But this isn’t the same when we think about being selfish. This is a loving selfishness.

Recognize that you need to take care of yourself before you can care for others. The Mayo Clinic recommends that caregivers take care of themselves first before they take care of others. They acknowledge that a person must be selfish if they are going to be an effective long-term caregiver.

Everyone is a caregiver. For some, it’s for another person; for everyone, it’s themselves. We all must care for ourselves.

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Civic Duty

For the month of November, I am taking each day to highlight some element in my life that I want to express my gratitude about. This could be something deeply personal or just a passing appreciation for something more superficial. 


Today, in the United States, is the mid-term elections. So I wanted to express how grateful I am to have the opportunity to vote.

I remember learning about voting through elementary school and about the suffrage movement at the beginning of the twentieth century. I grew up knowing that being able to vote was a right, but as a woman less than one hundred years away from the Nineteenth Amendment, it was also a privilege of sorts. My great-grandmothers would have gone part of their lives unable to vote whereas I knew that once I turned eighteen I could register.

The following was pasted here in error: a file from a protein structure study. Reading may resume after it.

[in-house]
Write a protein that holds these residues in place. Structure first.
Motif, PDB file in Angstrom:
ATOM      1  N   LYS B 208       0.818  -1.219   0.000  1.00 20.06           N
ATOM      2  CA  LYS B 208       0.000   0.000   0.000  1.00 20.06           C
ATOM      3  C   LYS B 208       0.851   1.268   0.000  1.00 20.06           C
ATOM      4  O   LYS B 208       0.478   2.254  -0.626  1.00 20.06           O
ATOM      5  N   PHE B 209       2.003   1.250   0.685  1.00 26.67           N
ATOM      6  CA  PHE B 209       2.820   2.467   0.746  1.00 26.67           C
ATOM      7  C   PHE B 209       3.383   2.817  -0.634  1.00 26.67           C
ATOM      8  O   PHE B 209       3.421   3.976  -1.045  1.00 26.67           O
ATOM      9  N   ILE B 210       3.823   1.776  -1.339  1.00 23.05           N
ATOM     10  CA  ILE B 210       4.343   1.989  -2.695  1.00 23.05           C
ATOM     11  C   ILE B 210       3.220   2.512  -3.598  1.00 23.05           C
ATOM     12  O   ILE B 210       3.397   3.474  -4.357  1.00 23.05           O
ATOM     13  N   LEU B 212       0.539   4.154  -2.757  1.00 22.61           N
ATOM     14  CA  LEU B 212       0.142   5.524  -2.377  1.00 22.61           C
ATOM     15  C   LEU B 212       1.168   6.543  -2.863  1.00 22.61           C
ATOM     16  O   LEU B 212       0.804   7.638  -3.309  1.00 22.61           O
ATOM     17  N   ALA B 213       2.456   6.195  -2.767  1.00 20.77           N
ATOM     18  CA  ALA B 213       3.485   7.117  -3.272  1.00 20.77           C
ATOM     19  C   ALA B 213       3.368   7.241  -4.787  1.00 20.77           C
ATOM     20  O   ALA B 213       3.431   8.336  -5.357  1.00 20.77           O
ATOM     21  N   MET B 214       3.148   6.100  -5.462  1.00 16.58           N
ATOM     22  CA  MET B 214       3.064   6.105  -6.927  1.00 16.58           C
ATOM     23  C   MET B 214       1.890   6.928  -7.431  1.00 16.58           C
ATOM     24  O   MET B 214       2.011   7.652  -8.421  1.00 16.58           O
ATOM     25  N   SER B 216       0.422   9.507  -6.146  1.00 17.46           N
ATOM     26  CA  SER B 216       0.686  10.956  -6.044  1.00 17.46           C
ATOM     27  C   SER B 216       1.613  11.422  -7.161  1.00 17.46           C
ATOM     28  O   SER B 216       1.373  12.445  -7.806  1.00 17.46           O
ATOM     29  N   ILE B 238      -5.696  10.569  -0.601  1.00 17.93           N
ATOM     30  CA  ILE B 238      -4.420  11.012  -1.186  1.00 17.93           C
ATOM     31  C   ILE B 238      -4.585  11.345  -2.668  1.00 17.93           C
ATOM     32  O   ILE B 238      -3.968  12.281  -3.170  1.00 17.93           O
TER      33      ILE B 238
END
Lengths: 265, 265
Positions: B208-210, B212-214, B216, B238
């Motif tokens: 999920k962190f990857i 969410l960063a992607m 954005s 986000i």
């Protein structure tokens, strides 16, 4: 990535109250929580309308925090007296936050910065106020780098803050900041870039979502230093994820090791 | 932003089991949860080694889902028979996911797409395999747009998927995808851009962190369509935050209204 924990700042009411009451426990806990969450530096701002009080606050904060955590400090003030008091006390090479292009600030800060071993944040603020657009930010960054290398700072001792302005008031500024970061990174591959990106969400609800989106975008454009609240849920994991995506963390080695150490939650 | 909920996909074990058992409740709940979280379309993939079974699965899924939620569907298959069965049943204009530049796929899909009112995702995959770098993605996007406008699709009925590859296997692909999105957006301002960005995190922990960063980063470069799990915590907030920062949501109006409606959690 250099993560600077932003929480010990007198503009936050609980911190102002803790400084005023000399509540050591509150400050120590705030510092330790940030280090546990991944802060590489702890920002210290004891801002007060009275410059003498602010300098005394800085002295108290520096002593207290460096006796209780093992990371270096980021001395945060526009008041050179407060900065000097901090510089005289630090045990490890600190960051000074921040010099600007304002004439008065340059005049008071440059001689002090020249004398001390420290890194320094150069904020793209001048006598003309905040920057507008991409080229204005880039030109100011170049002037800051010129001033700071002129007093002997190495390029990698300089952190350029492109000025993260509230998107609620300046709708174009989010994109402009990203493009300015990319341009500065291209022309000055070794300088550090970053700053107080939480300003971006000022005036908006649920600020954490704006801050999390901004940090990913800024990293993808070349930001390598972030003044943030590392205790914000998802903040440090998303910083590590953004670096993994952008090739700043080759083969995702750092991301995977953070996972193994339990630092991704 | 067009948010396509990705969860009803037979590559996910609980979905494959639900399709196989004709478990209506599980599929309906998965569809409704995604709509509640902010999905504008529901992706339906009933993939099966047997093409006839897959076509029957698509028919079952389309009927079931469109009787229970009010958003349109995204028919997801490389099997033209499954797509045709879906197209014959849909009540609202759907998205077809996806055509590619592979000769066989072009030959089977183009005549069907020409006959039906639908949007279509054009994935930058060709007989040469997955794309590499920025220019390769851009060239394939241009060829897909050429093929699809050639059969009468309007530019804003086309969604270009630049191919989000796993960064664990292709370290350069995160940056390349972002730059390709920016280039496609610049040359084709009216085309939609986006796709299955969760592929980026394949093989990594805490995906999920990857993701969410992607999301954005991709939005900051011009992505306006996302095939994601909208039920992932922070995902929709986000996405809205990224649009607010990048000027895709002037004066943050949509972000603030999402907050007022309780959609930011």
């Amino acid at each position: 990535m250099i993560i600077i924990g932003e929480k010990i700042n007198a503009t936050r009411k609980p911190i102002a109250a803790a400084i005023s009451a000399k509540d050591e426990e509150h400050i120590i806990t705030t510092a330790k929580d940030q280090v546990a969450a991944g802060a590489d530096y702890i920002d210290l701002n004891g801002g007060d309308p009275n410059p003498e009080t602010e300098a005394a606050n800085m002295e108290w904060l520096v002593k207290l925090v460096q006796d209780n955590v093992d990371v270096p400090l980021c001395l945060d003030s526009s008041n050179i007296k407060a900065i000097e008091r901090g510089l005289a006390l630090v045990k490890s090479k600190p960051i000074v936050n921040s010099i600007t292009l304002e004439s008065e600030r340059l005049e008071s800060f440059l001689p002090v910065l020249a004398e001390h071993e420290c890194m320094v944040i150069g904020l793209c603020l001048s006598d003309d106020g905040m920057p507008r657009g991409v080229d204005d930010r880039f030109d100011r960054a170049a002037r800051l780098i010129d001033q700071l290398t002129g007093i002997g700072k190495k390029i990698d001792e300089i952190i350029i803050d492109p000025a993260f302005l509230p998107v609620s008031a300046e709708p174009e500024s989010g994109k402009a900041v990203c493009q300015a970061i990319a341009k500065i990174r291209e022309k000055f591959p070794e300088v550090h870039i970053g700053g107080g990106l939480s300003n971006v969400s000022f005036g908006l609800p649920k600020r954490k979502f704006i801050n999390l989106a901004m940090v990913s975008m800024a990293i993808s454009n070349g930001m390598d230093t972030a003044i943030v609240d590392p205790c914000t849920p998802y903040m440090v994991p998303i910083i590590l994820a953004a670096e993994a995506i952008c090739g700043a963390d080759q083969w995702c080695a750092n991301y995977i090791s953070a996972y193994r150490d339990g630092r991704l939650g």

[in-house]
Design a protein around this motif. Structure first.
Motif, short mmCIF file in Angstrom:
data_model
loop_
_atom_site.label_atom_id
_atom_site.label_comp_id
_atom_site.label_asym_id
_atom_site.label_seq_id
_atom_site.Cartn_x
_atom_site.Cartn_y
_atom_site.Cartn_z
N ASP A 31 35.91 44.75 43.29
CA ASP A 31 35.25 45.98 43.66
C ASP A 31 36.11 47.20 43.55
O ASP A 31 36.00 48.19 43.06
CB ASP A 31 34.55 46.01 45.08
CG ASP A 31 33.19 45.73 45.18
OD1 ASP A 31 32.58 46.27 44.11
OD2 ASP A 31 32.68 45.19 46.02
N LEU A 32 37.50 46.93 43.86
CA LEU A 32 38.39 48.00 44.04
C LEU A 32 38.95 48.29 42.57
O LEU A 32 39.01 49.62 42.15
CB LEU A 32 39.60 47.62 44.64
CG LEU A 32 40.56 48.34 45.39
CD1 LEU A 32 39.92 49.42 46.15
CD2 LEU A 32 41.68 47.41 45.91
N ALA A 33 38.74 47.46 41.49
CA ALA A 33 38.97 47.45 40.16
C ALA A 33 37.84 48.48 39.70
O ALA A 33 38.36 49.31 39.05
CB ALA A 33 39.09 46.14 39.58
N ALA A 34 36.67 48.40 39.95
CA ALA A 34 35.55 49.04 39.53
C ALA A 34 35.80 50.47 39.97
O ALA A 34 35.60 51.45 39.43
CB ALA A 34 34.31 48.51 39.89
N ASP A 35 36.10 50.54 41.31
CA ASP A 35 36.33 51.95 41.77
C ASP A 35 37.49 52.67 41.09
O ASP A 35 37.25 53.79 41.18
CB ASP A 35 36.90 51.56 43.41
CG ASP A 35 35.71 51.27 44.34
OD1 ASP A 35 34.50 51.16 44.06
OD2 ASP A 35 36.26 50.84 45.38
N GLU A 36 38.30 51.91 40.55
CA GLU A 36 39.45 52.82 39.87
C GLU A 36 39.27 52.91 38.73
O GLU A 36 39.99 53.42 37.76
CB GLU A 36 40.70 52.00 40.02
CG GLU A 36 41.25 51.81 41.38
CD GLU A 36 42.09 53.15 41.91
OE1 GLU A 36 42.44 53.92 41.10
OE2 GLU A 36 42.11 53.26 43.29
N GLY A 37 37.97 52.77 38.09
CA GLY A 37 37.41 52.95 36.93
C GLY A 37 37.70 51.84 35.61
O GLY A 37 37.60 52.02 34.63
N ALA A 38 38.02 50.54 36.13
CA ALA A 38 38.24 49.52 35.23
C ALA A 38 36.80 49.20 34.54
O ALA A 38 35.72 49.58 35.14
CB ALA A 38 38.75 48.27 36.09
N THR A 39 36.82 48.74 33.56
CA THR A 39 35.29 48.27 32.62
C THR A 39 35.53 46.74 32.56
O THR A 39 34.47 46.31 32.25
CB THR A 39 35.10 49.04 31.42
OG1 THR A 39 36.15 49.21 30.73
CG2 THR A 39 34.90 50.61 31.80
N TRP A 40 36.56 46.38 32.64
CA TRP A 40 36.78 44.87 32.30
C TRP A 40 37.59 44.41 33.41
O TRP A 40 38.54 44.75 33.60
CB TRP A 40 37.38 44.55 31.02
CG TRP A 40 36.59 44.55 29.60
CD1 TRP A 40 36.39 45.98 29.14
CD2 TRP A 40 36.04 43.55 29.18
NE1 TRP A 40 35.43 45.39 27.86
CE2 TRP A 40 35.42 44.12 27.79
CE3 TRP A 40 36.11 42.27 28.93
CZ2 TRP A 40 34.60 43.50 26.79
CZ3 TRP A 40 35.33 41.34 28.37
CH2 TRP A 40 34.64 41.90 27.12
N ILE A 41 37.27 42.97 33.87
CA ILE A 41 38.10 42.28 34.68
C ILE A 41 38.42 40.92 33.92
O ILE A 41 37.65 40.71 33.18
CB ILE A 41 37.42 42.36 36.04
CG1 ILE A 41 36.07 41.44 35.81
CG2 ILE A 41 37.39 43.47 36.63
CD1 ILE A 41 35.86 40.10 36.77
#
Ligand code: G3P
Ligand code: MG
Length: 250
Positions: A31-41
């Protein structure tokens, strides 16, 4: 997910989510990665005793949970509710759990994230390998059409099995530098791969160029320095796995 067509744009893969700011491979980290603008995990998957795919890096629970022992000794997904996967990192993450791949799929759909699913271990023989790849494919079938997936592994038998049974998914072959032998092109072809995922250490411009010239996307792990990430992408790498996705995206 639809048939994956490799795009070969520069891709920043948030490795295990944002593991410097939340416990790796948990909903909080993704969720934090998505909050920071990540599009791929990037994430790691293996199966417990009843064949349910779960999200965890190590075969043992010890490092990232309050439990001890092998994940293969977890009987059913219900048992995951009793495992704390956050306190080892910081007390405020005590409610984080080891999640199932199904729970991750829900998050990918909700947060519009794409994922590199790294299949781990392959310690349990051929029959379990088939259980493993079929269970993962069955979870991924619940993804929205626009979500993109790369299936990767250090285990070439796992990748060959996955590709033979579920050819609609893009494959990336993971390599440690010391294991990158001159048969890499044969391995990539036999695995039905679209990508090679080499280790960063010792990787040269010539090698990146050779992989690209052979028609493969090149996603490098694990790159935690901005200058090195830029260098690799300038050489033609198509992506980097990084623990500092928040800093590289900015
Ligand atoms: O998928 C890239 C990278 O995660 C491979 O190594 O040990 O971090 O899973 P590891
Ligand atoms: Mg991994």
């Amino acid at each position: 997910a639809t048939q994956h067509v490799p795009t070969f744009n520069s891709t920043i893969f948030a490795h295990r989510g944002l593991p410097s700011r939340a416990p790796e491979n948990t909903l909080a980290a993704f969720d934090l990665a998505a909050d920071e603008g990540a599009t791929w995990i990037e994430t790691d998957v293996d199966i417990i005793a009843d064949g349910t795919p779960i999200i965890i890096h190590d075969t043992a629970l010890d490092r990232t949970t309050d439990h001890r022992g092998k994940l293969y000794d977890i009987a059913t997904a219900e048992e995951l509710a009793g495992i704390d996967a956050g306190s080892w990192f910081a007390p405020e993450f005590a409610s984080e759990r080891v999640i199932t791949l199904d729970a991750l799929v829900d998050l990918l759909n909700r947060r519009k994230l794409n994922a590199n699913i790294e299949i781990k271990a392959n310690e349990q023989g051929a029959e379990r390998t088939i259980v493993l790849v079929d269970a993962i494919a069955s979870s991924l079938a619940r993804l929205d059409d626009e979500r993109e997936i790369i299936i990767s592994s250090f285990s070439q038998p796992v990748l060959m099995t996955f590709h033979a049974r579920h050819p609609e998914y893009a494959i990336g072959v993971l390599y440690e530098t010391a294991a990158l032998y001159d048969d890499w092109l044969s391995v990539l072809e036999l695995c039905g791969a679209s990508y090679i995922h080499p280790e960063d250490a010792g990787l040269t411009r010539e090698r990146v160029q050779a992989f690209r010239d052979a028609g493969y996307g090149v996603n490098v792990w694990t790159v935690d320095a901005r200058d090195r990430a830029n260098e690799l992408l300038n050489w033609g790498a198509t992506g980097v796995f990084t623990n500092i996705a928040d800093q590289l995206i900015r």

As soon as I was able to, I registered to vote. Every time I moved I switched my registration. If I knew I wouldn’t make it to the polls for a particular election, I filed for an absentee ballot or moved heaven and earth to make it home. I can confidently say that I have not missed a single November or Primary election. I even try to go to the smaller ones for the local elections.